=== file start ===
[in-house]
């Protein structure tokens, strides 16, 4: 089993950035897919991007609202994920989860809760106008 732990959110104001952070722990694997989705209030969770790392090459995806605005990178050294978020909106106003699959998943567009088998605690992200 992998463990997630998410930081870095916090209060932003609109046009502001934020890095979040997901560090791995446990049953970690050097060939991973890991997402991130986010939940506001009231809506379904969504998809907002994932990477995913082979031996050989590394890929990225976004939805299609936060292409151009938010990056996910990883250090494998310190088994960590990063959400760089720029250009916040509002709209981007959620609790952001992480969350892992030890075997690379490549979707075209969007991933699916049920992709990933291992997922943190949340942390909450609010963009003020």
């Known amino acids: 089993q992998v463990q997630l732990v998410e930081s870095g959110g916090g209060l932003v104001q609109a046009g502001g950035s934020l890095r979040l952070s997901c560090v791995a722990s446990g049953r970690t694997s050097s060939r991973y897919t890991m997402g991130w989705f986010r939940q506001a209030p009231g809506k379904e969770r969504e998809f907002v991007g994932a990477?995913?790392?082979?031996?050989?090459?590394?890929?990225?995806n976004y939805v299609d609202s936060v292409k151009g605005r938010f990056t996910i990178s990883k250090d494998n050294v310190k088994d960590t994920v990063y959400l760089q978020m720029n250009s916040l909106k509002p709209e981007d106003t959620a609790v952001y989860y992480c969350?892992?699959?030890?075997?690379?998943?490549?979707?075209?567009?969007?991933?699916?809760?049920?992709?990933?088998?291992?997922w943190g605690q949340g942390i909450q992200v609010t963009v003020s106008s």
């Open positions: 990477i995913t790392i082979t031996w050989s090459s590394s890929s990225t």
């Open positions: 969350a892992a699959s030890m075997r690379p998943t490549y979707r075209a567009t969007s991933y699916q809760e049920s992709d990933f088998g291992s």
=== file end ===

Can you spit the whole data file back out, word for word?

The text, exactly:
[in-house]
């Protein structure tokens, strides 16, 4: 089993950035897919991007609202994920989860809760106008 732990959110104001952070722990694997989705209030969770790392090459995806605005990178050294978020909106106003699959998943567009088998605690992200 992998463990997630998410930081870095916090209060932003609109046009502001934020890095979040997901560090791995446990049953970690050097060939991973890991997402991130986010939940506001009231809506379904969504998809907002994932990477995913082979031996050989590394890929990225976004939805299609936060292409151009938010990056996910990883250090494998310190088994960590990063959400760089720029250009916040509002709209981007959620609790952001992480969350892992030890075997690379490549979707075209969007991933699916049920992709990933291992997922943190949340942390909450609010963009003020």
């Known amino acids: 089993q992998v463990q997630l732990v998410e930081s870095g959110g916090g209060l932003v104001q609109a046009g502001g950035s934020l890095r979040l952070s997901c560090v791995a722990s446990g049953r970690t694997s050097s060939r991973y897919t890991m997402g991130w989705f986010r939940q506001a209030p009231g809506k379904e969770r969504e998809f907002v991007g994932a990477?995913?790392?082979?031996?050989?090459?590394?890929?990225?995806n976004y939805v299609d609202s936060v292409k151009g605005r938010f990056t996910i990178s990883k250090d494998n050294v310190k088994d960590t994920v990063y959400l760089q978020m720029n250009s916040l909106k509002p709209e981007d106003t959620a609790v952001y989860y992480c969350?892992?699959?030890?075997?690379?998943?490549?979707?075209?567009?969007?991933?699916?809760?049920?992709?990933?088998?291992?997922w943190g605690q949340g942390i909450q992200v609010t963009v003020s106008s």
């Open positions: 990477i995913t790392i082979t031996w050989s090459s590394s890929s990225t």
């Open positions: 969350a892992a699959s030890m075997r690379p998943t490549y979707r075209a567009t969007s991933y699916q809760e049920s992709d990933f088998g291992s």